Monday, April 27, 2009

Dallas crafter gives jewelry a rock 'n' roll edge

This was just posted from DFW.com

Old record albums never looked so cool, thanks to Dallas' Texas Tarts.
By ERIN WHITE

If we say "crafts" and you think "macaroni necklace," you’ve got the seriously wrong idea about Jacky Sylvie, owner, crafter and mastermind behind Dallas-based handmade jewelry company Texas Tarts.

Sylvie’s chunky, bold jewelry, made of vintage vinyl records, has a decidedly tough edge — it’s whiskey on the rocks, not cherry Kool-Aid and animal crackers.

We chatted with Sylvie about how she makes her unique pieces, what it takes to make a living at making your own jewelry and what it means to be an indie crafter.

How did you get into using records to make jewelry? Do you have an art background?

I have absolutely no background in art, but I’ve got a ton of artistic friends and family who inspire me. I’d been looking for a creative outlet, and I was messing around with a box of old records I didn’t want to throw away. I’d seen a lot of people making record bowls. Eventually, I figured out how to make the cuffs. For a long time, I only did the cuffs. (Sylvie now does all kinds of jewelry. Price range is $5-$50.)

How do you make the jewelry?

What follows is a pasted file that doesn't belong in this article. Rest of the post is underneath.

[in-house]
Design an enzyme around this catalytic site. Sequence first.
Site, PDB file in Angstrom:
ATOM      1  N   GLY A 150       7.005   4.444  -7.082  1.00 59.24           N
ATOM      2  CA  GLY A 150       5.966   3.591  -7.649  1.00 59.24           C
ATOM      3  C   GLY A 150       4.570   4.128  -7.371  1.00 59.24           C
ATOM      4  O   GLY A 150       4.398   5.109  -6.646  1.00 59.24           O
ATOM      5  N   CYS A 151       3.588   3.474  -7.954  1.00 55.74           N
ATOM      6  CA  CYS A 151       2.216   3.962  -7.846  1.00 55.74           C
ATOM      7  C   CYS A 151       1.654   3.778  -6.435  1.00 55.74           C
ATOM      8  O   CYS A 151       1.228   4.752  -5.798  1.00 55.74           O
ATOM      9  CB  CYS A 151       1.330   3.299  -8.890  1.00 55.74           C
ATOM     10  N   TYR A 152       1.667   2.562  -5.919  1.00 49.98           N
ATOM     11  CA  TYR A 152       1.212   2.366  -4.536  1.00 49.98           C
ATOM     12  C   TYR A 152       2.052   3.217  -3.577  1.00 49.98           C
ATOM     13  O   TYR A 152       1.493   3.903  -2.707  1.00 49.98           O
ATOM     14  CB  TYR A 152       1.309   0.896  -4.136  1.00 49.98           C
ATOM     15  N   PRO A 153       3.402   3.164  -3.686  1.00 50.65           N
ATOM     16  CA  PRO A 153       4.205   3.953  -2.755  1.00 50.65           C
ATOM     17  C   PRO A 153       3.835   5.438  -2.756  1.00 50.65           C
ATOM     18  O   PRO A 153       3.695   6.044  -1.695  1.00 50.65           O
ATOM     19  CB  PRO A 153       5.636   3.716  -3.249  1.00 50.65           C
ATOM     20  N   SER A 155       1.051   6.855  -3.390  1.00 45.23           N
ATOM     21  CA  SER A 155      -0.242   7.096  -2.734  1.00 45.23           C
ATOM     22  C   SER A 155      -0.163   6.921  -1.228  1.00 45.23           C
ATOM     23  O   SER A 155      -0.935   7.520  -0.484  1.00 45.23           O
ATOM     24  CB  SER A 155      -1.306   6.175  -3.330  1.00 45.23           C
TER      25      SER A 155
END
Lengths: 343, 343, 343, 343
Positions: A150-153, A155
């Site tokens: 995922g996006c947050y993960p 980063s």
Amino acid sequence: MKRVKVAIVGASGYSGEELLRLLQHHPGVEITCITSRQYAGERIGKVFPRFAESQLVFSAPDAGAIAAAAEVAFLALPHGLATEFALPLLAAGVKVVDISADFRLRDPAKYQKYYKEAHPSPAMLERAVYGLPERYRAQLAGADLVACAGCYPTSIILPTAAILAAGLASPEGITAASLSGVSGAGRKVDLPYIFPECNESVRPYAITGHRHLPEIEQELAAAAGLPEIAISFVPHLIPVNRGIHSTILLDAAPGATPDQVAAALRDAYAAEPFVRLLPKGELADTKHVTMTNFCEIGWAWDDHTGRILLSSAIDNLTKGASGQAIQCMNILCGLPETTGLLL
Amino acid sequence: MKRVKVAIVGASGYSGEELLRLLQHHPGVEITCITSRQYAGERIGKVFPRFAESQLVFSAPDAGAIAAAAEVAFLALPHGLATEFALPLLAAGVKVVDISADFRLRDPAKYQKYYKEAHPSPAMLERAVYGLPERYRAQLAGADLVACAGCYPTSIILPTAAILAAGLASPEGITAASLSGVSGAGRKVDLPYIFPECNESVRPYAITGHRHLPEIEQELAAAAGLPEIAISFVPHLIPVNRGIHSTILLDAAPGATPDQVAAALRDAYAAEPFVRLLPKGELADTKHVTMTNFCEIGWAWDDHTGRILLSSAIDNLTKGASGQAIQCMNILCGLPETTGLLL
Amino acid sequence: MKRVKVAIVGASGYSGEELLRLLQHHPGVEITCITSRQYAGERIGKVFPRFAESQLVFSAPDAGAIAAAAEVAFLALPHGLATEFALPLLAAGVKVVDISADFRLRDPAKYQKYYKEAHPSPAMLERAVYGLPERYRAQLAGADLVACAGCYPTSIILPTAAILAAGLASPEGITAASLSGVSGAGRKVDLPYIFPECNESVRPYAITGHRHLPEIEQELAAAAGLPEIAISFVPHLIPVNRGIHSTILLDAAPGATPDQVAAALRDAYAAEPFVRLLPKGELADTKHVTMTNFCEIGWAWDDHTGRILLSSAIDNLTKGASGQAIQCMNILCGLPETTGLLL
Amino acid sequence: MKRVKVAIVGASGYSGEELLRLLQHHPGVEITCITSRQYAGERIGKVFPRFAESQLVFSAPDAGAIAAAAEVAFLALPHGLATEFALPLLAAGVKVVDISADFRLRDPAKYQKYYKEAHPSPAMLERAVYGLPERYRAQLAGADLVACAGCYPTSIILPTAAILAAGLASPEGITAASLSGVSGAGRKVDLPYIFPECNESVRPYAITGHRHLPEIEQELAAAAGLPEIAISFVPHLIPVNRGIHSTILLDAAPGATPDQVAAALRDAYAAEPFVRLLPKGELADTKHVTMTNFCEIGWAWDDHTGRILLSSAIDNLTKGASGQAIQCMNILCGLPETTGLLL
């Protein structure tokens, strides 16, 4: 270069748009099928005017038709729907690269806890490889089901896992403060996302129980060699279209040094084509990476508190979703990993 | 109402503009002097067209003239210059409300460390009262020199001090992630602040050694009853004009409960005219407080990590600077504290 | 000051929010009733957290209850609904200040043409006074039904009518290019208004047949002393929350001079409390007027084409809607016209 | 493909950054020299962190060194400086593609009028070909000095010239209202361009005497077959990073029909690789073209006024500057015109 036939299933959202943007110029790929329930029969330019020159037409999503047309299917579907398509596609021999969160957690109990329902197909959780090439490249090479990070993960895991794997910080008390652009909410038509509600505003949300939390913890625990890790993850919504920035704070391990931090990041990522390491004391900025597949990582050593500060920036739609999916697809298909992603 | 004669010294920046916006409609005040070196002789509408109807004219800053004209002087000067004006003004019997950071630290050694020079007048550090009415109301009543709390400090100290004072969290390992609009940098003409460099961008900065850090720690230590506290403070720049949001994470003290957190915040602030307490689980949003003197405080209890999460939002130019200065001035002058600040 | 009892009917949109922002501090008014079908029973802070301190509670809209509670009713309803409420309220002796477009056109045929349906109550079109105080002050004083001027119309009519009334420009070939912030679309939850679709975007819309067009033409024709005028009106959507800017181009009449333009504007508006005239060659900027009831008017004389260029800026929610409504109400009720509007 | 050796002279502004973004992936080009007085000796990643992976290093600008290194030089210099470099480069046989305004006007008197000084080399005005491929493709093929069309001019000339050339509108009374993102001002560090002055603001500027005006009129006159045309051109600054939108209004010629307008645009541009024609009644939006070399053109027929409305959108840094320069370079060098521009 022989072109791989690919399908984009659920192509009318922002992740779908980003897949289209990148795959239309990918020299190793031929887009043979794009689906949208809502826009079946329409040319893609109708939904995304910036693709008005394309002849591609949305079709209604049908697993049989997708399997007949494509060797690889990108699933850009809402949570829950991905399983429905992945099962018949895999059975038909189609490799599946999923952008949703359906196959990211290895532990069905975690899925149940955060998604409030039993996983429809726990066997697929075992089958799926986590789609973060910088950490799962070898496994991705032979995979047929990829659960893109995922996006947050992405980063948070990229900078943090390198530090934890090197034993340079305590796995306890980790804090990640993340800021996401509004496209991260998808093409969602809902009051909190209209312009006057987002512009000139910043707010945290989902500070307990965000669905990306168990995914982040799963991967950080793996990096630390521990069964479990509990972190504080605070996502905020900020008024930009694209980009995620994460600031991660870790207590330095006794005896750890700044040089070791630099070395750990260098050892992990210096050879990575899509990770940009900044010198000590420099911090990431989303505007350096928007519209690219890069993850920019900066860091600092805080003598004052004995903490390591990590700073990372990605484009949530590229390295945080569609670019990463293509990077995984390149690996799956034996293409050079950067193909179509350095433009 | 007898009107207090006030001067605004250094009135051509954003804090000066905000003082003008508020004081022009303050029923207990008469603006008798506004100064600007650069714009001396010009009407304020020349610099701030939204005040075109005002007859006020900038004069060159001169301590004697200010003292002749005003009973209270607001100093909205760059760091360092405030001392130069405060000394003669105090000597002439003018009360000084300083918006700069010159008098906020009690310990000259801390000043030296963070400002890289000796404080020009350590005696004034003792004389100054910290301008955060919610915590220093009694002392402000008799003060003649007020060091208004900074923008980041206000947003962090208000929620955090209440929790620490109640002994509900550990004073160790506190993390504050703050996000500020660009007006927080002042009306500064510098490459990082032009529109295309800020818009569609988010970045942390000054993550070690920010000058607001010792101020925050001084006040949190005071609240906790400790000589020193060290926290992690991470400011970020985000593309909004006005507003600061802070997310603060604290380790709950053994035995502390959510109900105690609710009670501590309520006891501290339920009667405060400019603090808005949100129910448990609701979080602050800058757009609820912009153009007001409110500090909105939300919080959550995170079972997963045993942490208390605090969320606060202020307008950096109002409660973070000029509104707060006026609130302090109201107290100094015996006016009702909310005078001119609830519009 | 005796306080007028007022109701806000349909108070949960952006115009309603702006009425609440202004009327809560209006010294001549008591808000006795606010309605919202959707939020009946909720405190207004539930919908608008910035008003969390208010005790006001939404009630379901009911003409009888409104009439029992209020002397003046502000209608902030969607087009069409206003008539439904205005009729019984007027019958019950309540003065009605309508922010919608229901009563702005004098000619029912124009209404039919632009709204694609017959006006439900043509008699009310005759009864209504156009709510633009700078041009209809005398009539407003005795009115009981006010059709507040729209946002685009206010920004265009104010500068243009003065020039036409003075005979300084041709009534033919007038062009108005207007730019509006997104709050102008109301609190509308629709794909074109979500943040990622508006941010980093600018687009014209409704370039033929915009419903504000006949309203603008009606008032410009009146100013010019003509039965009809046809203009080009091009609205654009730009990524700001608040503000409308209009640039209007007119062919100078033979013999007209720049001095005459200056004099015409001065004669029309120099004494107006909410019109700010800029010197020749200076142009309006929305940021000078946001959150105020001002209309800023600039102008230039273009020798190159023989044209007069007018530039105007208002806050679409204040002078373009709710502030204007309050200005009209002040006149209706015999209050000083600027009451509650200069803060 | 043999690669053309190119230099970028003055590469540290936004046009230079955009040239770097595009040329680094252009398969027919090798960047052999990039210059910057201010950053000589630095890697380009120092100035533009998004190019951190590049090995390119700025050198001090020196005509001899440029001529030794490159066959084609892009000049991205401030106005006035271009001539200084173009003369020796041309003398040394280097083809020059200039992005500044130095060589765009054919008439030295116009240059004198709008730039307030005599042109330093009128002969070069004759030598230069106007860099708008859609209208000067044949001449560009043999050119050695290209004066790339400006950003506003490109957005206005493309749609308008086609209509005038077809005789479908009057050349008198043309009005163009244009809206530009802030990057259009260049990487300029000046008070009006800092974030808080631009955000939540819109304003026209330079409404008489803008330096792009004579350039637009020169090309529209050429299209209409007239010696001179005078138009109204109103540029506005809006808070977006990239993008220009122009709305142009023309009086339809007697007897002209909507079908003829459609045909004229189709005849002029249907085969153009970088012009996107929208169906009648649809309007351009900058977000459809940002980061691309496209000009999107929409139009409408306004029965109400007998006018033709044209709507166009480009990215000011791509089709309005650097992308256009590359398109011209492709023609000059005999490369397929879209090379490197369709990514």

I heat the records on low heat . . . (long answer edited so other crafters don’t bogart her style — it has to do with searching the entire known universe for awesomely colored vinyl), then I cut them, shape them and finish them.

So you need a way to heat the records . . . do you work in a kitchen? Or maybe use a blowtorch?

I actually have a small section of the garage where I do the heating. I do all the finishing in my laundry room, where I work on a really small desk. I have to be super organized. (Note: She does not use a blowtorch.)

You say you’re an indie crafter. As we’ve long associated crafting with our grandmothers and ugly crocheted things, we’re fascinated by this concept. Please explain.

Indie crafting is all about doing things locally and having it be handmade. Recycling is really big, and so is being conscious about where things come from. It’s about finding something that’s really quality and one-of-a-kind.

Is it also about attitude and sex appeal? The photos of your jewelry, what with the licking of things and occasional bit of underwear without pants, are pretty sexed up for, you know, crafts.

(Laughs) It is for me. I changed my look this year to go a lot more rock and roll. I like the sassy part of it and the attitude. Some of my stuff is a little bit racier. Not all of it. But a friend of mine did that photo shoot, and it got a little crazy.

We discovered Sylvie’s stuff at the super cool Coffee Haus in Arlington, but you can find her whole line at www.texastarts.com.

Article: http://www.dfw.com/entertainment/story/120998.html

2 comments:

Funky Finds said...

Did you see this in print? It looks great!

Tara to the T said...

Misssss Tart congrats on this amazing article! I love the "mother load" necklace featured in the photo I can't wait to get my hands on the red and black necklace ;0)